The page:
Our God is Undocumented: Biblical Reflections on the Sanctuary Movement

Friday, 1 June 2007

Published online at www.wordandworld.org. 6 pp.

I begin with an old story. There was a Levite from a village far away in the hill country of Ephraim who was traveling through Judah returning home. He and his party were near Jerusalem and it was getting late, and his companions said, “Let us spend the night here.” But the Levite said, “We do not belong to this people; we will continue on.”

mbrandt van Rijn, “Man of Gibeah offers pitality to the Levite,” 1645 So they passed by and went on their way; and the sun went down on them near Gibeah, which belongs to Benjamin. They turned aside there, to go in and spend the night at Gibeah. He went in and sat down in the open square of the city, but no one took them in to spend the night. At evening there was an old man coming from his work in the field. The man was from the hill country of Ephraim, and he was residing in Gibeah. When the old man looked up and saw the wayfarer in the open square of the city, he said, ‘Where are you going and where do you come from?’ He answered him, ‘We are passing from Bethlehem in Judah to the remote parts of the hill country of Ephraim, from which I come… Nobody has offered to take me in… The old man said, ‘Peace be to you. I will care for all your wants; only do not spend the night in the square.’ So he brought him into his house, and fed the donkeys; they washed their feet, and ate and drank. (Judges 19:14-21)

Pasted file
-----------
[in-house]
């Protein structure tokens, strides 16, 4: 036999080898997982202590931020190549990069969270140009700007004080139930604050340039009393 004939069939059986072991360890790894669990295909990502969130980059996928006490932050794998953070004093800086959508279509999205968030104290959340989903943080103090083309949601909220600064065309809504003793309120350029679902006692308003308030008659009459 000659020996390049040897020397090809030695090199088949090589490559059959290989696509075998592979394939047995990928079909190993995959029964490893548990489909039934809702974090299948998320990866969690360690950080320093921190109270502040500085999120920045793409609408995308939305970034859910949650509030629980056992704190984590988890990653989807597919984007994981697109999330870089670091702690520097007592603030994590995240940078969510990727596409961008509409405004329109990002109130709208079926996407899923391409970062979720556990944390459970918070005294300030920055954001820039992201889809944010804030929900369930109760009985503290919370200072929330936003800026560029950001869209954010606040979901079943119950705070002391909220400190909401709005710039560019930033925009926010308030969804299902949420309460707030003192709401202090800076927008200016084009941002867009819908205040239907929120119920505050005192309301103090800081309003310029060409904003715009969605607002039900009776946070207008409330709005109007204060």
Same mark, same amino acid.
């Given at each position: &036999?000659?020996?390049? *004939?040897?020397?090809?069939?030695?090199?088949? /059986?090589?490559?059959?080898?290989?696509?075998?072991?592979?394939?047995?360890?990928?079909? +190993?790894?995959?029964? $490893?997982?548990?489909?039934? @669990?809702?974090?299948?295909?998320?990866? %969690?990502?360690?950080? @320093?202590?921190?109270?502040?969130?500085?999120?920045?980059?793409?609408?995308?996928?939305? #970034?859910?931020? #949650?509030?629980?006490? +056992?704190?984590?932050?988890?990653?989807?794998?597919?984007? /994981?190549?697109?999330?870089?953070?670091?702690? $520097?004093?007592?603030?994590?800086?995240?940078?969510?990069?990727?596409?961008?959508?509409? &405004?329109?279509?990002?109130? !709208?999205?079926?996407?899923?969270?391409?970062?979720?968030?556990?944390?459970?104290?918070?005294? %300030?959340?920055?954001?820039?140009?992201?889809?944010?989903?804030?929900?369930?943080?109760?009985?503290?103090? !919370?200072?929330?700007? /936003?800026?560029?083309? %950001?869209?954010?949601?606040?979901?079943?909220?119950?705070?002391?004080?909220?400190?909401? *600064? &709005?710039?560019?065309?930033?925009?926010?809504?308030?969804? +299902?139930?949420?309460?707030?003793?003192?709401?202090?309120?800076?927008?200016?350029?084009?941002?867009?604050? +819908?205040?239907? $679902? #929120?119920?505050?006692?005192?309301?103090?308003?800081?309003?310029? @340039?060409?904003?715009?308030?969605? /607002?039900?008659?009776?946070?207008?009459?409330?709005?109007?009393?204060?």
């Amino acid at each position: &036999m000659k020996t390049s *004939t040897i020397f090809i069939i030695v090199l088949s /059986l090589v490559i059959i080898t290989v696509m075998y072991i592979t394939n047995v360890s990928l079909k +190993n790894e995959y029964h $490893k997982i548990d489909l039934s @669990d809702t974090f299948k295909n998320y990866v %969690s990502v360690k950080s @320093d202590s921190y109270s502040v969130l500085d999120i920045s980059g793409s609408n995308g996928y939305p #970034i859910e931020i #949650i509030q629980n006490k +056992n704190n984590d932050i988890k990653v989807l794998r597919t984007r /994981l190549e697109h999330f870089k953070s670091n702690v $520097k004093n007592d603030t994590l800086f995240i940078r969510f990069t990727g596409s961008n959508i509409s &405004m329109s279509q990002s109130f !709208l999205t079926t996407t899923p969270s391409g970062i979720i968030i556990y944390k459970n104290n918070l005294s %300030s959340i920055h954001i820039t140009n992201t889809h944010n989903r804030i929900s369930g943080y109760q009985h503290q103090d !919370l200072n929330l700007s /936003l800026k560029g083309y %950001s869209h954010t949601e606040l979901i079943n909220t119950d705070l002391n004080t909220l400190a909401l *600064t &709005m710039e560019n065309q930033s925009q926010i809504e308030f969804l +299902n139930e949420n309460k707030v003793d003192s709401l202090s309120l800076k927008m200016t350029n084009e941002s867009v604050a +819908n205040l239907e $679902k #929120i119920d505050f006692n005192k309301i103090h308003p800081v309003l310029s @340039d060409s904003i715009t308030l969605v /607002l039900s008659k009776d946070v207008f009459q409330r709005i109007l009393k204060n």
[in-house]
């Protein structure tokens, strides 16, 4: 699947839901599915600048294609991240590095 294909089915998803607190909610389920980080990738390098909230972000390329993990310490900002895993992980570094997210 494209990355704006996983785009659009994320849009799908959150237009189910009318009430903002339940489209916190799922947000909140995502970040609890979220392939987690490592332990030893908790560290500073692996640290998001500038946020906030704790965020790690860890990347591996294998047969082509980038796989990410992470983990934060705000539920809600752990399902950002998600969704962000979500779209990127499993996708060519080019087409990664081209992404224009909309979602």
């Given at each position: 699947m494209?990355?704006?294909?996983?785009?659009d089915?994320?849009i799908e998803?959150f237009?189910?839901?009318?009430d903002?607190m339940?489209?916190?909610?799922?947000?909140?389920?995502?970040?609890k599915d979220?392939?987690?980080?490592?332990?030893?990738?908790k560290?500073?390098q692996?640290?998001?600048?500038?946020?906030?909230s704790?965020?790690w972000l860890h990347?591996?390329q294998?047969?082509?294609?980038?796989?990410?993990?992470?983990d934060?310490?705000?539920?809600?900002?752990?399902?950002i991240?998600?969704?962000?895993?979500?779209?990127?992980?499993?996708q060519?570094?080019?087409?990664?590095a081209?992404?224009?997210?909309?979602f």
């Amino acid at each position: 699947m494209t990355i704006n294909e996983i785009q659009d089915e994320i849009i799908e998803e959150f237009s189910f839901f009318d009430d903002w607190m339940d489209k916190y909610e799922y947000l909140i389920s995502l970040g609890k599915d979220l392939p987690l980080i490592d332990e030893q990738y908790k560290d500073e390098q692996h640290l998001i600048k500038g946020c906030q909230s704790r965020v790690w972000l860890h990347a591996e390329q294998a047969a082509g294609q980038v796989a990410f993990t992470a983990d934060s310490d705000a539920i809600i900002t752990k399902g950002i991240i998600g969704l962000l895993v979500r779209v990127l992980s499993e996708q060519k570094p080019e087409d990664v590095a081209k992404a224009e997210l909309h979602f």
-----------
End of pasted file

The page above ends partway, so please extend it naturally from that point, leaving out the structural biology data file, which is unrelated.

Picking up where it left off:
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by Ched Myers

All articles on this site were written by Ched Myers unless otherwise specified.